When you finish with the configuration of your agents you will have the recources listed under your environment. In my case those are two virtual machines, test-qa and test-dev

Lets now define a deployment strategy. You can choose between the rolling, runOnce, canary deployments. Each of them are explained on the documentation article that I have included on the bottom of the page.

  • runOnce is the simplest deployment strategy and most steps are executed once. (preDeploy, deploy, routeTraffic)
  • A rolling deployment replaces instances of the previous version of an application with instances of the new version of the application on a fixed set of virtual machines (rolling set) in each iteration
  • Canary deployment strategy is an advanced deployment strategy that helps mitigate the risk involved in rolling out new versions of applications. By using this strategy, you can roll out the changes to a small subset of servers first. As you gain more confidence in the new version, you can release it to more servers in your infrastructure and route more traffic to it.

In the below pipeline I added a rolling strategy. The max parallel execution percentage is 50% this means that the deployment will be executed first on my dev server and then on my qa server after all tasks of the dev are finished. The deployment test task will create a file and paste some text on it.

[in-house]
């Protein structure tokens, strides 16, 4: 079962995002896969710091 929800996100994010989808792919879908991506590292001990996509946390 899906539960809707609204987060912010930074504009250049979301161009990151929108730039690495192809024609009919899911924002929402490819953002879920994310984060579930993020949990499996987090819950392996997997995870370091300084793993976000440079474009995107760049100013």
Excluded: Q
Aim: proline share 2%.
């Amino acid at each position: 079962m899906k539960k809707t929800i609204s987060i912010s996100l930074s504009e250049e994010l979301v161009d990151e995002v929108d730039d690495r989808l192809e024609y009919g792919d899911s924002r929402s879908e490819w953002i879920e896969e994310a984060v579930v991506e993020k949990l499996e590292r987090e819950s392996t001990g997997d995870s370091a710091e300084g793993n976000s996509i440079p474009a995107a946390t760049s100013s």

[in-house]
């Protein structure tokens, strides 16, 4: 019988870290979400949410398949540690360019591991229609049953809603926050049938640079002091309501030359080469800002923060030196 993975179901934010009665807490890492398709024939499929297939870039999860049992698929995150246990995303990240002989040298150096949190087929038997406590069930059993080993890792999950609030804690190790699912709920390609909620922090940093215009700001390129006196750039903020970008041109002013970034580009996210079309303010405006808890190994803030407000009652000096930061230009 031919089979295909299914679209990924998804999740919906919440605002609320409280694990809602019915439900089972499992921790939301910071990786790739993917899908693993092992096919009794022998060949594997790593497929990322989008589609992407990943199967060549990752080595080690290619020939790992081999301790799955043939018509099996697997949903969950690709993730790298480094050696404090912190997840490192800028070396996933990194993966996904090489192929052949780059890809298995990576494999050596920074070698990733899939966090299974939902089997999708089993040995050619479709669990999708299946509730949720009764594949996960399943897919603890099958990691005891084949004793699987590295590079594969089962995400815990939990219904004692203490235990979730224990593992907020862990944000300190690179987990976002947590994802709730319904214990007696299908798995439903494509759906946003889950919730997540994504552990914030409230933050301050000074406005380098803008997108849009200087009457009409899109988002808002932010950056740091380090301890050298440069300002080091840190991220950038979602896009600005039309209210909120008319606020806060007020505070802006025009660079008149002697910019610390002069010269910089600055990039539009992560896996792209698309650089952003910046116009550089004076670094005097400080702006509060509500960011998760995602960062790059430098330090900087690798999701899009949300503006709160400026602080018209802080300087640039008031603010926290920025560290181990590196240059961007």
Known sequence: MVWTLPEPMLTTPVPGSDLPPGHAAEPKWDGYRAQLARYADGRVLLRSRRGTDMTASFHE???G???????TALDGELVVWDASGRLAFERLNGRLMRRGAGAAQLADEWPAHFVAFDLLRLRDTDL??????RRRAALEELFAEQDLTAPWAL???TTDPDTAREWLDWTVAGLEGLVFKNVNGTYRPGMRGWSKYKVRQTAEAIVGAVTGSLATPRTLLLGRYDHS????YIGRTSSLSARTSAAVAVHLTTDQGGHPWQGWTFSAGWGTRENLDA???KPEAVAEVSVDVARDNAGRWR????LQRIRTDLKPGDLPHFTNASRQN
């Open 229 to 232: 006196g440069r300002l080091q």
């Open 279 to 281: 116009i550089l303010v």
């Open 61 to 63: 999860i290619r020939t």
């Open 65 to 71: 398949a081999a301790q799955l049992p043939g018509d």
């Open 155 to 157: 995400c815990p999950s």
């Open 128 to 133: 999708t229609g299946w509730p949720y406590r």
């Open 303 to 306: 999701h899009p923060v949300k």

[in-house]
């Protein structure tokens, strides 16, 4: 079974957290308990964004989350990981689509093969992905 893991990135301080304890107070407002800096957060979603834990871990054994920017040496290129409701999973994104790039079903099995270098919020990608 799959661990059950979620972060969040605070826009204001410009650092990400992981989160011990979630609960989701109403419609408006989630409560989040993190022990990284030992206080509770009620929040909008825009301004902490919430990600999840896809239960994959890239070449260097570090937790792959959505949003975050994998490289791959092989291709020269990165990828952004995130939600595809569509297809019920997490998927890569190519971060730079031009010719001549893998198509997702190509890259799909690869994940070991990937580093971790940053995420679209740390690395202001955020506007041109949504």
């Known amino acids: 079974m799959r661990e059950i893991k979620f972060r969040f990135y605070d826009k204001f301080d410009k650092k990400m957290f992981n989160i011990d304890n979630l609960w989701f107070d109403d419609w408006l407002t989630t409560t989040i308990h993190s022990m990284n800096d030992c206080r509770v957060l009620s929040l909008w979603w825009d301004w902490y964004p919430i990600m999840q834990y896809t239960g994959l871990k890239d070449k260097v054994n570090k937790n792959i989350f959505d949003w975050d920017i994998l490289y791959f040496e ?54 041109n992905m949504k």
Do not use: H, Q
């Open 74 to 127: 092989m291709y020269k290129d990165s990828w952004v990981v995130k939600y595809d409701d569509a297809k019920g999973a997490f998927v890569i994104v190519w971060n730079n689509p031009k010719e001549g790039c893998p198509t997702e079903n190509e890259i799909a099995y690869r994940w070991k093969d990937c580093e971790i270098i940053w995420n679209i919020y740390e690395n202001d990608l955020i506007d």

trigger:
- none

pool:
  vmImage: ubuntu-latest

stages:
- stage: deployment
  displayName: Deploy on Environment
  jobs:
  - deployment: VMDeploy
    displayName: Deploy to VM
    environment: 
      name: azure-test-dev
      resourceType: VirtualMachine
    strategy:
      rolling:
        maxParallel: 50%
        preDeploy:
          steps:
          - script: echo running pre deployment steps
        deploy:
          steps:
            - script: echo running rolling strategy on windows servers > C:\output

Strategy sequence:

  • Dev server -> predeploy step
  • Dev server -> deploy step

When the deployment for the dev server is completed then the qa server deployment will start.

  • QA server -> predeploy step
  • QA server -> deploy step

You can also define approvals and checks for your stages on the deployments. For example you could define a stage to be deployed only during working hours or from a specific branch.

Lastly you should give access to the environment from the pipeline that you created.

File created from the pipeline

https://docs.microsoft.com/en-us/azure/devops/pipelines/process/deployment-jobs?view=azure-devops

https://stackoverflow.com/questions/68912591/trying-to-understand-deployment-jobs-in-azure-pipelines